Australia, C&L, CICA, Cranes & Lifting, Projects

McMahon Services wins CICA Lift of the Year: Under 20 tonnes

McMahon Services has won lift of the year for lifts under 20 tonnes.

McMahon Services won the CICA Lift of the Year: Under 20t for a lift conducted during the demolition of the West End Brewery for client Lion Nathan.

  • Subscribe to our free weekly newsletter to receive the latest news from Australasia’s lifting industry.
  • Don’t miss a lift and subscribe to our monthly magazine.
  • Download our latest digital magazine to catch up on the biggest news and developments in the crane industry.

The project included several challenges, including the removal of a State Heritage listed Copper Kettle.

The Brewery’s Copper Kettle is handmade and constructed by riveting panels of copper together. It was installed into the Walkerville Brewhouse Tower in 1930 and later removed in mid 2010 for restoration, before being re-installed in the new West End brewhouse for display.

McMahon Services was given the task of removing the kettle from its stand and transporting it to a safe storage facility. The kettle is 4m in diameter, 6m in height without the chimney, and weighs 4.5t.

Required Equipment 

McMahon Services deployed two 20t capacity Frannas for the initial part of the lift. Each Franna was fitted with a 3t capacity 2m soft sling to be able to complete the lift within the confined head room under the roof of brewhouse. 

A third 25t capacity Franna was also deployed to receive the load outside the brewhouse. The Franna was fitted with a 15t 3.7m spreader bar which was fitted with 3m x 3t slings which were connected to the lifting trunnions. A 200t Liebherr all terrain, which was already onsite, was utilised to top and tail the kettle and then load out. 10mm chains were used for the top and tail, followed by a spreader bar combination with a single sling to load onto transport.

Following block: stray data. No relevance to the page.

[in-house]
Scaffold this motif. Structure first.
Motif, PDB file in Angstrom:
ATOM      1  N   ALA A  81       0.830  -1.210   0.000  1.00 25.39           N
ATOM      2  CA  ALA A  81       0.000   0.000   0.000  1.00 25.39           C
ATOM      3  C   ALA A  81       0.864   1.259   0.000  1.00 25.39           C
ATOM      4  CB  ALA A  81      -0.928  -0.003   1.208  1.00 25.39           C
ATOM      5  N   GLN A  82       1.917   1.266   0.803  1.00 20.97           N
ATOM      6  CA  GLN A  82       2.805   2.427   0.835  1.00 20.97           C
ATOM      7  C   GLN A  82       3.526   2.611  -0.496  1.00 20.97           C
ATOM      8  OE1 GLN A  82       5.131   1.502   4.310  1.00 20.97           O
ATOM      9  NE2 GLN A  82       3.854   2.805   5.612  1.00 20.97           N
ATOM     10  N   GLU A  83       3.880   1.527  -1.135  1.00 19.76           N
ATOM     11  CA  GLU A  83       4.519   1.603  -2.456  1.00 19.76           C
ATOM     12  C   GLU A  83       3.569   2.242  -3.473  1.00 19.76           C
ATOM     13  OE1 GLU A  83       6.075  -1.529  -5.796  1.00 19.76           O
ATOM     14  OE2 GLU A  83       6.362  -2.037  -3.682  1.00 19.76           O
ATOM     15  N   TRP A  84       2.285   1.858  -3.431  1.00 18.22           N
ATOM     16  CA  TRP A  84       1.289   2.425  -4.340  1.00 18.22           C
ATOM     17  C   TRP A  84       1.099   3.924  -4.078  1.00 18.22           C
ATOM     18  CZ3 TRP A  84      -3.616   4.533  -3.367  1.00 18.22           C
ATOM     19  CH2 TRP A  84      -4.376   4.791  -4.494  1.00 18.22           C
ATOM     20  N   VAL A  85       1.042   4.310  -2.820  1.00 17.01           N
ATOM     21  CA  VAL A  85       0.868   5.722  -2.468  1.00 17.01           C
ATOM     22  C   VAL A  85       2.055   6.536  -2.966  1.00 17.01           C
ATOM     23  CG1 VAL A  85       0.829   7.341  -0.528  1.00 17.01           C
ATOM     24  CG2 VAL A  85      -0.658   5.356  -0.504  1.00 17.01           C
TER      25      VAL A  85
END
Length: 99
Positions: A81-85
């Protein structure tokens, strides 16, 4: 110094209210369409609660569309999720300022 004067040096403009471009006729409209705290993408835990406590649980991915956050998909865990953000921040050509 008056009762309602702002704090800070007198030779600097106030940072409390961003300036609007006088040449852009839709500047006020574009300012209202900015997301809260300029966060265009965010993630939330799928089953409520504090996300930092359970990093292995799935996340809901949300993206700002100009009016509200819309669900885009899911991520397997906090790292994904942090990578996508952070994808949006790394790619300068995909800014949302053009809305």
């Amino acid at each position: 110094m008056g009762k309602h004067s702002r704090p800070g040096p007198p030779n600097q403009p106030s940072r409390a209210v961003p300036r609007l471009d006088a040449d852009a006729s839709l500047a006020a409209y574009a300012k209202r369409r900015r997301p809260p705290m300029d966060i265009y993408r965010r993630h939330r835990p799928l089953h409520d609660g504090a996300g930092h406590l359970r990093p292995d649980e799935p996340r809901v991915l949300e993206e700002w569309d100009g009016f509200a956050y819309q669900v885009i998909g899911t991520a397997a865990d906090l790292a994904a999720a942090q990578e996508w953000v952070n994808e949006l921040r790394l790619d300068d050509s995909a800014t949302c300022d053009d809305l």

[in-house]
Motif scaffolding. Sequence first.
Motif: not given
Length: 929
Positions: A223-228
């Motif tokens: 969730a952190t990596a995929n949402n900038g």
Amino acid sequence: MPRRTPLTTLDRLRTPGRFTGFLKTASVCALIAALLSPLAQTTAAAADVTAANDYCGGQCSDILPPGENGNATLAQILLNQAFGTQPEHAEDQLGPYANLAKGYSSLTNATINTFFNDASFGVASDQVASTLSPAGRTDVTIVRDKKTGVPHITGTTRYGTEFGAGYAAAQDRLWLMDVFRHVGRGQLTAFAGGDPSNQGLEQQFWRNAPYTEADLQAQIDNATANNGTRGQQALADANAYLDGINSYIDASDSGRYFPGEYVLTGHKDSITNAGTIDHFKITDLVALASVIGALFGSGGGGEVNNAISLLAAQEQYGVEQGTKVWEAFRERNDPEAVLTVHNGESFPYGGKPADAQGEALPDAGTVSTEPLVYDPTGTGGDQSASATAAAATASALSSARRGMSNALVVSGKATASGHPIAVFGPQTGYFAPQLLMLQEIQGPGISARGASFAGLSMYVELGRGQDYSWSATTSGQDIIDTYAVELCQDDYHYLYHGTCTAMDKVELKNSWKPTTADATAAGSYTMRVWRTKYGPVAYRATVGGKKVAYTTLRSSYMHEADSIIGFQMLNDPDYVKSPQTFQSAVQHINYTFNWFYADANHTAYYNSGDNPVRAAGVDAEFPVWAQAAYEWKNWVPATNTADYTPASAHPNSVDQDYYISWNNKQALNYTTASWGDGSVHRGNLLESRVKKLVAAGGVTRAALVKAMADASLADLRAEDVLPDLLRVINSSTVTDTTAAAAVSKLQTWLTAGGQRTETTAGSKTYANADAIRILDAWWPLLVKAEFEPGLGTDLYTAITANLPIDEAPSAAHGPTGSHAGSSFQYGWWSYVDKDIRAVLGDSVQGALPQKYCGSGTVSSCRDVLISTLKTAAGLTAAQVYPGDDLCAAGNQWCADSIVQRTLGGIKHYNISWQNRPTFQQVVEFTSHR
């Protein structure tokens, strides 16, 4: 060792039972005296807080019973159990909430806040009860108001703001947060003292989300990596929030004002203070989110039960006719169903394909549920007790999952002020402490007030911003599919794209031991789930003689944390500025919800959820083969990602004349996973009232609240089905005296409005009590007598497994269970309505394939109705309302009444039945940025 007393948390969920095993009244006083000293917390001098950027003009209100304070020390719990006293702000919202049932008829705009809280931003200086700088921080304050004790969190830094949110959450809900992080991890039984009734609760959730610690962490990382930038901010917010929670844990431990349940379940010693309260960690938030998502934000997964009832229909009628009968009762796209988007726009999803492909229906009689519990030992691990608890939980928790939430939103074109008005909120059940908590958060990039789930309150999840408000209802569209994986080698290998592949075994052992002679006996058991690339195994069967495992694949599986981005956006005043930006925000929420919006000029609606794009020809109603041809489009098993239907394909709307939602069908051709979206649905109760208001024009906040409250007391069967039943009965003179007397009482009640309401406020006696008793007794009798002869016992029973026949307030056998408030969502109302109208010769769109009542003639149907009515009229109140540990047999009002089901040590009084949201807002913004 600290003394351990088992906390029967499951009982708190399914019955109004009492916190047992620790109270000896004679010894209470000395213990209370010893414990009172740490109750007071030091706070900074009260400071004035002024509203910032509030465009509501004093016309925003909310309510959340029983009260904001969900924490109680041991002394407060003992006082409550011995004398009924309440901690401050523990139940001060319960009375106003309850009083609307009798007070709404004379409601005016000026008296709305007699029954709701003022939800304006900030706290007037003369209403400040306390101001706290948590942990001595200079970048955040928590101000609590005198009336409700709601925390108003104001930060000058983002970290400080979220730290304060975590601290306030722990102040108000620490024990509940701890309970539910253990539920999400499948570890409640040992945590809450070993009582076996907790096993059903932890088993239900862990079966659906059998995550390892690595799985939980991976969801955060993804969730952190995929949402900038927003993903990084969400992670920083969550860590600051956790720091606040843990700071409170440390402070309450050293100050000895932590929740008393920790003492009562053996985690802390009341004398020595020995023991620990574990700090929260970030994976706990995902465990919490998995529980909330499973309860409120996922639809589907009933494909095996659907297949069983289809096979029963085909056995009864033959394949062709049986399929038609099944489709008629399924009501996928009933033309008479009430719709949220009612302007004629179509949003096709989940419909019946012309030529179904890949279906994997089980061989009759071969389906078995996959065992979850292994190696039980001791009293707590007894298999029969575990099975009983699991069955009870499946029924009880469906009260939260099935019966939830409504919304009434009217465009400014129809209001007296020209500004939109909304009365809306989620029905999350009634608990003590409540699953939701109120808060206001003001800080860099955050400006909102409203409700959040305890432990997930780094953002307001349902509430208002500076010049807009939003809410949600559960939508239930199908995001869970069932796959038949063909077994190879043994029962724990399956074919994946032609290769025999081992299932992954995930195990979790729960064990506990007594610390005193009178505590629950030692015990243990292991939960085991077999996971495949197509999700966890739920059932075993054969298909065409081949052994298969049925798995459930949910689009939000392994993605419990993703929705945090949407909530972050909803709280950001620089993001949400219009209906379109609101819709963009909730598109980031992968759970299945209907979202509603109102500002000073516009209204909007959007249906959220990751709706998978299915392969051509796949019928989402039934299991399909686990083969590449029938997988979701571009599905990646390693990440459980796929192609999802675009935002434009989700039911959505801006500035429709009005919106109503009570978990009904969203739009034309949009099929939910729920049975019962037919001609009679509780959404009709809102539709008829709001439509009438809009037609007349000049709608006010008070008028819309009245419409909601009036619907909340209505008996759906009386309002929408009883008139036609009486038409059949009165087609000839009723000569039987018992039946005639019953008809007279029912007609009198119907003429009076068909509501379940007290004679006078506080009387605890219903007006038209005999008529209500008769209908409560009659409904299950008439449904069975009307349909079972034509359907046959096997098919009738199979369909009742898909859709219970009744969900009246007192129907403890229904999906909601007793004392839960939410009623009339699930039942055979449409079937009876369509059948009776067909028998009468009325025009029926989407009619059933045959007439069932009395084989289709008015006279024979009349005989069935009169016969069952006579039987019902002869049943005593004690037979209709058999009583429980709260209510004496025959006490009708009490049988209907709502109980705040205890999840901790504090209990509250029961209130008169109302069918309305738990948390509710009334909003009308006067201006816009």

Simon Laird Barrington, Crane and Rigging Manager, Environmental Services for McMahon Services accepted the award on behalf of McMahon Services. He provides more detail about the project.

“For the lift we had three lifting plates specially designed and engineered to bolt into the kettle, which provided us with trunnion lifting points so as not to damage it during the lifts, as well as a lug to allow us to top and tail the load. 

“Scissor lifts and knuckle booms were required to access the kettle and the lifting points. Cradles and foam layers were also engineered specifically for the kettle so it could be transported safely on its side,” he said.

Lift plan

A step-by-step lift plan was created to demonstrate how the Frannas would be best utilised for the removal of the kettle from the brewhouse. The first step in the process was the engineering and fabrication of the lifting frames.

“Before any lifting could occur the lifting frames were installed onto the kettle with extreme care. Due to the nature of the kettle and its heritage significance, the process of removing it came with unique challenges,” said Simon.

“One option considered was the removal of the roof and lifting the kettle out with a large crane, but this was considered too high a risk to the kettle. Our planning changed and focused on the dual crane lift with the two 20t Frannas to remove the kettle from its stand. Using two cranes instead of one, gave us the ability to shorten up the rigging, giving the two cranes enough head room to lift the kettle free of its stand. 

“To remove it from the brewhouse, we passed it mid-air, through the side of the building to our 25t Franna. This was done by having pre-slung slings on the lifting trunnions, allowing our team to attach the 25t Franna without needing EWPs, ladders or scissor lifts. 

“Once the kettle was out of the brewhouse we had already setup our transport cradles and using our 200t Liebherr, we topped and tailed the kettle and placed it into the cradles. Once it was secured the Liebherr then loaded the kettle onto our float for delivery to its new storage location,” said Simon.

The biggest risk included the staging of the kettle’s lifts, particularly around getting it out of the brew house building. This was all captured in sequence in a 19-page, step-by-step lift plan. A detailed safe work method statement was also developed to capture the specific hazards associated with the lift the relevant controls were put in place. 

“On the day, I was present to ensure the lift plan was understood by the work crew and was followed during the course of the day. Before starting the job, we conducted a toolbox session and walked everyone involved through the plan. Due to the meticulous planning, everything went like clockwork and the kettle is now safely in its new storage facility,” said Simon. 


McMahon Services has won lift of the year for lifts under 20 tonnes.
The Franna MAC 25 was fitted with a 15t capacity, 3.7m spreader bar which in turn was fitted with 3m x 3t slings connected to the lifting trunnions on the Copper Kettle.
Images: McMahon Services
Send this to a friend